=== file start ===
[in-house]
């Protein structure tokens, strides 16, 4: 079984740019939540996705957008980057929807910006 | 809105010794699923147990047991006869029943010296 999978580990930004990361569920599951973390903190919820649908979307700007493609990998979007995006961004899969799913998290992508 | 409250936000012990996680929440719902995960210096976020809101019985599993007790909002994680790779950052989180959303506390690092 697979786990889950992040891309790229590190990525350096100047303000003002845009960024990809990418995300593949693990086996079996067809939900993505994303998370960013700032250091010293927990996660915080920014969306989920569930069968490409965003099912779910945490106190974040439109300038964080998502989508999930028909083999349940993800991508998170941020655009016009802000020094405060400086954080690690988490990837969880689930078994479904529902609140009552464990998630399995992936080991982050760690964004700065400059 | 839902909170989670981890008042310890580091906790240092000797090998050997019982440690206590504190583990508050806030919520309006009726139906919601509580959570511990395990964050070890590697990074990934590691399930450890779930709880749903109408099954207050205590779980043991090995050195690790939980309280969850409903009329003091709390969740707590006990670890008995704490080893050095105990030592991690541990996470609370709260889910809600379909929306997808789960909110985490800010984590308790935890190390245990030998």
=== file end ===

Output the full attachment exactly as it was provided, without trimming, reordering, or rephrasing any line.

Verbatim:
[in-house]
């Protein structure tokens, strides 16, 4: 079984740019939540996705957008980057929807910006 | 809105010794699923147990047991006869029943010296 999978580990930004990361569920599951973390903190919820649908979307700007493609990998979007995006961004899969799913998290992508 | 409250936000012990996680929440719902995960210096976020809101019985599993007790909002994680790779950052989180959303506390690092 697979786990889950992040891309790229590190990525350096100047303000003002845009960024990809990418995300593949693990086996079996067809939900993505994303998370960013700032250091010293927990996660915080920014969306989920569930069968490409965003099912779910945490106190974040439109300038964080998502989508999930028909083999349940993800991508998170941020655009016009802000020094405060400086954080690690988490990837969880689930078994479904529902609140009552464990998630399995992936080991982050760690964004700065400059 | 839902909170989670981890008042310890580091906790240092000797090998050997019982440690206590504190583990508050806030919520309006009726139906919601509580959570511990395990964050070890590697990074990934590691399930450890779930709880749903109408099954207050205590779980043991090995050195690790939980309280969850409903009329003091709390969740707590006990670890008995704490080893050095105990030592991690541990996470609370709260889910809600379909929306997808789960909110985490800010984590308790935890190390245990030998």